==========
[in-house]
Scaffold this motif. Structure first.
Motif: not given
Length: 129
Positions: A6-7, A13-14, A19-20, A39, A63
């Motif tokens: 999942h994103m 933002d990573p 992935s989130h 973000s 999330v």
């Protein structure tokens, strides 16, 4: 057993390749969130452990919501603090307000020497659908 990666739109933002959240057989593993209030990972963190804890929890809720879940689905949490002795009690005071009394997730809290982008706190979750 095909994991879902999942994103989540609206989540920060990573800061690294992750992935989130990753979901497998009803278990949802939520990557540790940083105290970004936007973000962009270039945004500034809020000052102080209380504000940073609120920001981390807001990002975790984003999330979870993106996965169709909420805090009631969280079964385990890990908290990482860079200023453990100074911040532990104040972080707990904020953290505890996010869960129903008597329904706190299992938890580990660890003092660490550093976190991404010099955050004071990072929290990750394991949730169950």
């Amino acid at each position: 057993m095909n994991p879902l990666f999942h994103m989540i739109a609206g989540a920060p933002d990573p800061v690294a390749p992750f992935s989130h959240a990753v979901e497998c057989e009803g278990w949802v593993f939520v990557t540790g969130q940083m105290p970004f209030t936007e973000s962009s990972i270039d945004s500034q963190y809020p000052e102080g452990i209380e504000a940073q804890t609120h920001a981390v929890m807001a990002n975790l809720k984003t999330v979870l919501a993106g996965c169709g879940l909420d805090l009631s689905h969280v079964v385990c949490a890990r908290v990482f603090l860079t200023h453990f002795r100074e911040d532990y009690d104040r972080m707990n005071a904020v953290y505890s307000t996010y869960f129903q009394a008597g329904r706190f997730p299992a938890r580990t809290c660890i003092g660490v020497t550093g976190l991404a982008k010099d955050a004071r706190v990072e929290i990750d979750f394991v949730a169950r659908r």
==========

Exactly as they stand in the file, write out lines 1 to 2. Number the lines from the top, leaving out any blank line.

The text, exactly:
[in-house]
Scaffold this motif. Structure first.